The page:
British Foreign Secretary Dominic Raab announced the new measures on Tuesday, which the Foreign Office says are designed to ensure that all UK organizations “are not complicit in or benefit from human rights violations in Xinjiang.”
The British government will also review UK products that can be exported to Xinjiang, and will issue new guidelines that “identify the specific risks faced by companies with links to Xinjiang … and highlight effective due diligence challenges there”.
Beijing has long defended the crackdown in Xinjiang as necessary to counter extremism and terrorism, claiming that its facilities are voluntary “training centers” where people learn professional skills, the Chinese language and laws.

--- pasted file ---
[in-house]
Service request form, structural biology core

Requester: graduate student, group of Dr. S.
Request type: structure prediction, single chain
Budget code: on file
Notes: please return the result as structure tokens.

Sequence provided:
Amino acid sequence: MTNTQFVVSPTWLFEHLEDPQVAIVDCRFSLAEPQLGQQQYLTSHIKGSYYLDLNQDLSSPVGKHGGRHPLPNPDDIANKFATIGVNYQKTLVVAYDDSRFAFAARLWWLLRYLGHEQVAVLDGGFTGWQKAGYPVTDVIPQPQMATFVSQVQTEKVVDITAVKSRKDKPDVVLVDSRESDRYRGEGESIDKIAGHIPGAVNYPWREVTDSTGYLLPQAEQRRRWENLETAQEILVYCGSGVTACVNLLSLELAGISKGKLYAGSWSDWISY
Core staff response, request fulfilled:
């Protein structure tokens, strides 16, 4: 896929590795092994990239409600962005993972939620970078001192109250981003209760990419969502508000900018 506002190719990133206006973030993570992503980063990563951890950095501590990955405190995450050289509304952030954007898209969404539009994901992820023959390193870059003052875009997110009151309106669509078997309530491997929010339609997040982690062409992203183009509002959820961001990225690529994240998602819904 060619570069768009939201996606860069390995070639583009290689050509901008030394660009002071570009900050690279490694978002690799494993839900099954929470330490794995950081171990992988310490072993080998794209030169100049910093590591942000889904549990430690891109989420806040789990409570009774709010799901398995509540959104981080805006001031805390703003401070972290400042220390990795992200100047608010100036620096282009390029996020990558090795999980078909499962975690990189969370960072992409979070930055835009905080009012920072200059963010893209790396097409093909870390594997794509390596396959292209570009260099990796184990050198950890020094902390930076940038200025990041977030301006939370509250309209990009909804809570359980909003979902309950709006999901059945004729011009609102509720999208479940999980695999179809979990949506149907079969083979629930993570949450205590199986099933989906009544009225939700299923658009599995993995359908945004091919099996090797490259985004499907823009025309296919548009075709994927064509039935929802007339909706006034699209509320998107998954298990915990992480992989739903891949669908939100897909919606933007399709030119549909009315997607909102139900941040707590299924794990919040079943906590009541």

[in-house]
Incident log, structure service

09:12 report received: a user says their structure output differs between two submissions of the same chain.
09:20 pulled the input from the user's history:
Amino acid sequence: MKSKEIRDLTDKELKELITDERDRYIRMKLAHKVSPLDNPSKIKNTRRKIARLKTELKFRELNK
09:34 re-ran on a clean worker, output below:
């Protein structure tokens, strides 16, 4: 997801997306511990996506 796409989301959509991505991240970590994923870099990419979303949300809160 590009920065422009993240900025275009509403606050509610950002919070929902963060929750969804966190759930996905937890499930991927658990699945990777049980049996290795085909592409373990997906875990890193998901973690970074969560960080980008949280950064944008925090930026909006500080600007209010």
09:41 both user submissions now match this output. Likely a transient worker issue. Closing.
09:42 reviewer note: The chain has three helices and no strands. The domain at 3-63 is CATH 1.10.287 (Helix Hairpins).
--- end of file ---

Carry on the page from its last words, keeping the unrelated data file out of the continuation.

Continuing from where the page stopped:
“The evidence of the scale and severity of human rights violations being committed in Xinjiang against Uyghur Muslims is now far reaching,” Raab told members of parliament. He said that the new measures aim to “send a clear message that these human rights violations are unacceptable, and to protect companies and public bodies in the United Kingdom from any participation or association with them.”
Raab also called on the UN to reach Xinjiang to verify allegations of forced labor and other human rights violations.
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